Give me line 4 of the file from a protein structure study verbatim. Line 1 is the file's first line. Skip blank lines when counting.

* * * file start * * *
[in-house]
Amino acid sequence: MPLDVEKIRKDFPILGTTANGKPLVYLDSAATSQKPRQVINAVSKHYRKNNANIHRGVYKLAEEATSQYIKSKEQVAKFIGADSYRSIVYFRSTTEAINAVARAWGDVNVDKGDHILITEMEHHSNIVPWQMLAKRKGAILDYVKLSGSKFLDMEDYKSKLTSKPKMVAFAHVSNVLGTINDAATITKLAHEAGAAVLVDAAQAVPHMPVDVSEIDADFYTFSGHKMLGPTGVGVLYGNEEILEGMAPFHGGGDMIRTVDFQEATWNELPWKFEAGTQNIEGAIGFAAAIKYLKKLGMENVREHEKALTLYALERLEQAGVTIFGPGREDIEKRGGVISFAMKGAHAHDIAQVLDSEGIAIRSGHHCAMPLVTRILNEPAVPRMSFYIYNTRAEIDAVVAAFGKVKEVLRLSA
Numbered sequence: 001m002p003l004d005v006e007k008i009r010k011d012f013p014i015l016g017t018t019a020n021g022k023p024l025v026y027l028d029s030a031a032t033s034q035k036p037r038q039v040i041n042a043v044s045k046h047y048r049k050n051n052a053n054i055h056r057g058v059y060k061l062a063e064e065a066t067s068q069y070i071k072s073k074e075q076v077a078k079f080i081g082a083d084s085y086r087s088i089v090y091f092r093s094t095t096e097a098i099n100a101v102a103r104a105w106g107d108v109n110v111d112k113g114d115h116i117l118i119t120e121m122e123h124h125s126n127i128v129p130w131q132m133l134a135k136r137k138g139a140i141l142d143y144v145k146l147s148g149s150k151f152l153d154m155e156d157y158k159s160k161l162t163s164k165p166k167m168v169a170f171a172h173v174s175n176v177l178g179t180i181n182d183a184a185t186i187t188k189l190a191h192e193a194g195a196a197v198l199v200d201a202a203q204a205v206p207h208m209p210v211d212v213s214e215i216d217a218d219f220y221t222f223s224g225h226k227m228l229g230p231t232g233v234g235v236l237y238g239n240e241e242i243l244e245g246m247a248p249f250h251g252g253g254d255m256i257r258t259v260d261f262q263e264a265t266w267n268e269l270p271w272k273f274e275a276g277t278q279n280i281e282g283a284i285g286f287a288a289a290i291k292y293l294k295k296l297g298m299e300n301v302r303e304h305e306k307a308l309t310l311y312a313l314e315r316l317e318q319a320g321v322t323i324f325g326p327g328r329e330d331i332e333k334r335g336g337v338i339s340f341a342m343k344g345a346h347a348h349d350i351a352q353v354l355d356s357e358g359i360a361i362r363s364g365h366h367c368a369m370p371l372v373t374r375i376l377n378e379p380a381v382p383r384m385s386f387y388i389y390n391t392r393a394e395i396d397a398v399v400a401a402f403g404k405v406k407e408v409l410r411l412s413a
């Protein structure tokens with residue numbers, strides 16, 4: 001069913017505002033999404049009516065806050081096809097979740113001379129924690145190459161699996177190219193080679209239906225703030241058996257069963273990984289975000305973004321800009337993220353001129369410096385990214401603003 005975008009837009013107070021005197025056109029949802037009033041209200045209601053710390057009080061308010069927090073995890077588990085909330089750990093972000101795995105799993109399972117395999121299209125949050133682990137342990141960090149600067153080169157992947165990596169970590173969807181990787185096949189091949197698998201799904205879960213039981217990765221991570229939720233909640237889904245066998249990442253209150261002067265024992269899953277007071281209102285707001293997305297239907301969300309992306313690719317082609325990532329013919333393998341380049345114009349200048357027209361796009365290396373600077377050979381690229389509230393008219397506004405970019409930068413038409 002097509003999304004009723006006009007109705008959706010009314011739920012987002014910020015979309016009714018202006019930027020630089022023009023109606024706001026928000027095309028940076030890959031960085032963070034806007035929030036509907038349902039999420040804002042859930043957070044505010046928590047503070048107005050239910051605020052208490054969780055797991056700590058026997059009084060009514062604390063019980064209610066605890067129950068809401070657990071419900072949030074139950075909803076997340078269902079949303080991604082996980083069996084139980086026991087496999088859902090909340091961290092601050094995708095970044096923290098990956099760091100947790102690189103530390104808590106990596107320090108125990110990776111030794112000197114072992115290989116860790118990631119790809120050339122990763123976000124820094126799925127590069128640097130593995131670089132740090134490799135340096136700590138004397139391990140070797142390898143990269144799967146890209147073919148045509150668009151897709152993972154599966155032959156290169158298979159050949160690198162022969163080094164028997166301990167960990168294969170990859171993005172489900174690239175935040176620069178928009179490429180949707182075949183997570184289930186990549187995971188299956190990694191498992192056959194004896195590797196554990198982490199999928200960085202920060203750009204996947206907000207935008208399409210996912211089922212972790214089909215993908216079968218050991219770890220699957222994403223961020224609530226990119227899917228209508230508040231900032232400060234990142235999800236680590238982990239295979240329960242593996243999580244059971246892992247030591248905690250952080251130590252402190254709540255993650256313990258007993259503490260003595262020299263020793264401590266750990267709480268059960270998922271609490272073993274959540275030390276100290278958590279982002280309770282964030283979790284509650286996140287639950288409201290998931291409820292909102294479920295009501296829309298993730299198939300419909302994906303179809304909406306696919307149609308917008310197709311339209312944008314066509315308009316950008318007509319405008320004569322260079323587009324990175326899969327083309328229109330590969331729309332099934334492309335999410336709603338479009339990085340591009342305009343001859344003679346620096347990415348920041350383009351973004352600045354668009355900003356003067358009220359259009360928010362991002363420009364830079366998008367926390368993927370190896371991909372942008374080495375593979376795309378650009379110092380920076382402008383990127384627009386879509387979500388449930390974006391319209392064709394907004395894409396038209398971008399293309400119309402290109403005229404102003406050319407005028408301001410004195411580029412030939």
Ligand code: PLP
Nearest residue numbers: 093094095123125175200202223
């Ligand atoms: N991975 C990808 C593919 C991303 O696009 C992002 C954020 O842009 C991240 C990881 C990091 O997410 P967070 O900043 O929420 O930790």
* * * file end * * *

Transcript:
């Protein structure tokens with residue numbers, strides 16, 4: 001069913017505002033999404049009516065806050081096809097979740113001379129924690145190459161699996177190219193080679209239906225703030241058996257069963273990984289975000305973004321800009337993220353001129369410096385990214401603003 005975008009837009013107070021005197025056109029949802037009033041209200045209601053710390057009080061308010069927090073995890077588990085909330089750990093972000101795995105799993109399972117395999121299209125949050133682990137342990141960090149600067153080169157992947165990596169970590173969807181990787185096949189091949197698998201799904205879960213039981217990765221991570229939720233909640237889904245066998249990442253209150261002067265024992269899953277007071281209102285707001293997305297239907301969300309992306313690719317082609325990532329013919333393998341380049345114009349200048357027209361796009365290396373600077377050979381690229389509230393008219397506004405970019409930068413038409 002097509003999304004009723006006009007109705008959706010009314011739920012987002014910020015979309016009714018202006019930027020630089022023009023109606024706001026928000027095309028940076030890959031960085032963070034806007035929030036509907038349902039999420040804002042859930043957070044505010046928590047503070048107005050239910051605020052208490054969780055797991056700590058026997059009084060009514062604390063019980064209610066605890067129950068809401070657990071419900072949030074139950075909803076997340078269902079949303080991604082996980083069996084139980086026991087496999088859902090909340091961290092601050094995708095970044096923290098990956099760091100947790102690189103530390104808590106990596107320090108125990110990776111030794112000197114072992115290989116860790118990631119790809120050339122990763123976000124820094126799925127590069128640097130593995131670089132740090134490799135340096136700590138004397139391990140070797142390898143990269144799967146890209147073919148045509150668009151897709152993972154599966155032959156290169158298979159050949160690198162022969163080094164028997166301990167960990168294969170990859171993005172489900174690239175935040176620069178928009179490429180949707182075949183997570184289930186990549187995971188299956190990694191498992192056959194004896195590797196554990198982490199999928200960085202920060203750009204996947206907000207935008208399409210996912211089922212972790214089909215993908216079968218050991219770890220699957222994403223961020224609530226990119227899917228209508230508040231900032232400060234990142235999800236680590238982990239295979240329960242593996243999580244059971246892992247030591248905690250952080251130590252402190254709540255993650256313990258007993259503490260003595262020299263020793264401590266750990267709480268059960270998922271609490272073993274959540275030390276100290278958590279982002280309770282964030283979790284509650286996140287639950288409201290998931291409820292909102294479920295009501296829309298993730299198939300419909302994906303179809304909406306696919307149609308917008310197709311339209312944008314066509315308009316950008318007509319405008320004569322260079323587009324990175326899969327083309328229109330590969331729309332099934334492309335999410336709603338479009339990085340591009342305009343001859344003679346620096347990415348920041350383009351973004352600045354668009355900003356003067358009220359259009360928010362991002363420009364830079366998008367926390368993927370190896371991909372942008374080495375593979376795309378650009379110092380920076382402008383990127384627009386879509387979500388449930390974006391319209392064709394907004395894409396038209398971008399293309400119309402290109403005229404102003406050319407005028408301001410004195411580029412030939």